Meanwhile, if you’re on an overhanging route, a strong core helps take the strain off your biceps, back, and forearms, which will increase your endurance.
When you begin rock climbing, you’re likely to rely heavily on your upper body while you hone your technique. However, the more experienced you get, the more your lower-body muscles will come into the equation.
Specifically, the quadriceps in your thighs are used for straightening your lower legs as you climb. Meanwhile, your two calf muscles, the soleus, and gastrocnemius, will get plenty of use each time you need to stand on your toes when reaching.
Are Muscle Imbalances An Issue?
If you tend to focus solely on rock climbing for exercise, there’s a good chance that specific muscles will become overdeveloped. Similarly, novice climbers are likely to suffer muscle imbalances as they naturally start off using specific muscles (typically in the upper body) more than others.
Your upper back muscles are particularly susceptible to this problem. As I mentioned earlier, becoming too bulked up will make you a less efficient rock climber, which can be an issue for performance. It can also lead to injury if this happens while your opposing muscles remain weaker.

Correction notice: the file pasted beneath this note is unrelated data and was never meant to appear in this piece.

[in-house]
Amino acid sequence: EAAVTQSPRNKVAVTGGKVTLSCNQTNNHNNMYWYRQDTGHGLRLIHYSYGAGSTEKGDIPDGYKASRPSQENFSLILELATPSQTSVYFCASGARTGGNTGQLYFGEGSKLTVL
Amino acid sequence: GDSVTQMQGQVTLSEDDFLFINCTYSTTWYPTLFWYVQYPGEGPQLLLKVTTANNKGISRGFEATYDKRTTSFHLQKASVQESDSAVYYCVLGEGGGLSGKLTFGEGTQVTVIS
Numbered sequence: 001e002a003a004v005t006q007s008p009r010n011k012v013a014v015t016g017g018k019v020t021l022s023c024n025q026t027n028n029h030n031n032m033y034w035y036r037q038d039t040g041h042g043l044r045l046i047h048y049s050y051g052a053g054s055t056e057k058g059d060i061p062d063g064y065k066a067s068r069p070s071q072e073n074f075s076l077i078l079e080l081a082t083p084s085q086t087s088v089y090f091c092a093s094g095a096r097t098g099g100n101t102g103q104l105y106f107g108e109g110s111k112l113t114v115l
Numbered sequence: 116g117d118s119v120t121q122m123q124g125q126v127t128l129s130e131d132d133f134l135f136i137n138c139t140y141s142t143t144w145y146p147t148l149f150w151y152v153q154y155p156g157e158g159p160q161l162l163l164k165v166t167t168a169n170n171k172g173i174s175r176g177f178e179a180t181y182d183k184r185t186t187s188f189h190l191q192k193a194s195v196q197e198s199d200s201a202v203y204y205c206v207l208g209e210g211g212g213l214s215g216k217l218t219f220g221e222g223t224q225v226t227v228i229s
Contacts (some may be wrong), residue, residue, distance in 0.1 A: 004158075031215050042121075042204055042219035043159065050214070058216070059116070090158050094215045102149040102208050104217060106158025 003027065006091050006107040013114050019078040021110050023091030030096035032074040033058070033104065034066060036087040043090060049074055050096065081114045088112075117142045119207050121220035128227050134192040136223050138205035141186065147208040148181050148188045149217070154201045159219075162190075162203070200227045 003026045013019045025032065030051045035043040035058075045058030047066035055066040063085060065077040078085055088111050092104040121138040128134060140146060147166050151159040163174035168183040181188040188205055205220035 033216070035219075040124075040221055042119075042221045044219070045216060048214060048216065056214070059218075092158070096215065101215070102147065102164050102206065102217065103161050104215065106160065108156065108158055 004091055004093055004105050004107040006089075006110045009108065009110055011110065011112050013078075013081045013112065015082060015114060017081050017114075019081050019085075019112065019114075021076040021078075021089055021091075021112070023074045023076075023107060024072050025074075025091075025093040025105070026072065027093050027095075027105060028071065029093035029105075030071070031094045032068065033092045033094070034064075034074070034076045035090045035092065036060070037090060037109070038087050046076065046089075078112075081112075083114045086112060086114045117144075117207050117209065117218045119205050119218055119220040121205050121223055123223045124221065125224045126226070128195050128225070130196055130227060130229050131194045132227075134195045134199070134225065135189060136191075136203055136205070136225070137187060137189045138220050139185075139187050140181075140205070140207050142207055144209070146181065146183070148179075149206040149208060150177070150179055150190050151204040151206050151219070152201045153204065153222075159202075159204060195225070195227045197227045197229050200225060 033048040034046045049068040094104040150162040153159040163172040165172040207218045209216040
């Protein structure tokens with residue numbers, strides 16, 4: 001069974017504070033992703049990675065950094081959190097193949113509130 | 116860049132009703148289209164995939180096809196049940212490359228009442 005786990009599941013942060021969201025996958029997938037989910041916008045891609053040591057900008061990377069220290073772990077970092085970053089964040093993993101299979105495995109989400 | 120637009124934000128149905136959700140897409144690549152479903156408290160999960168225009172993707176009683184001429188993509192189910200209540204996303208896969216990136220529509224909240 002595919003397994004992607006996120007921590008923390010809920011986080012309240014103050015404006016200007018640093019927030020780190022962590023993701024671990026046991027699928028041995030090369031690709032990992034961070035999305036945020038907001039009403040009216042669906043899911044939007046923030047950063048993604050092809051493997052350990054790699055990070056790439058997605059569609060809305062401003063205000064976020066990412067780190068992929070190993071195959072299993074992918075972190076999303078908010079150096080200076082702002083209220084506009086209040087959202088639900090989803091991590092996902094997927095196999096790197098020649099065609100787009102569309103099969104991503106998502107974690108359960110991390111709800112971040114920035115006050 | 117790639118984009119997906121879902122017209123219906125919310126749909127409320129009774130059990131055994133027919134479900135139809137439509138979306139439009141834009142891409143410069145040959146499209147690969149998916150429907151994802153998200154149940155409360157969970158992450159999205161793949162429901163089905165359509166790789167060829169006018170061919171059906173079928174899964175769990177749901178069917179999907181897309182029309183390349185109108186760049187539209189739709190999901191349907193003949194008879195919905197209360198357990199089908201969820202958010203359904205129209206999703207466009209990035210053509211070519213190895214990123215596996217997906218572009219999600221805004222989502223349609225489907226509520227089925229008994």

Thankfully, there are some simple ways to address this problem or, even better, stop it from happening in the first place…
- Identify your weakness. If you suffer from an old injury that flares up from time to time because it didn’t entirely heal properly, it may be that you’re reluctant to use those areas of your body as much as you ought to be.
- Observation. Whether or not you are overcompensating elsewhere for an injury or weaker part of your body, it’s good practice to have an experienced climber observe you as you climb. That way, they should be able to identify any significant – or minor – flaws in your technique that you can then work on correcting. This will also be useful if you tend to favor one side of your body over the other while rock climbing.
- Do other types of exercise. As I mentioned earlier, if one area of your body becomes too bulked up while other areas remain weaker, it’s time to start doing other forms of exercise to correct the imbalance. For example, rock climbing requires a lot of pulling, so if the antagonistic, or pushing, muscles are being underused, slowly building up with some weightlifting should correct the imbalance.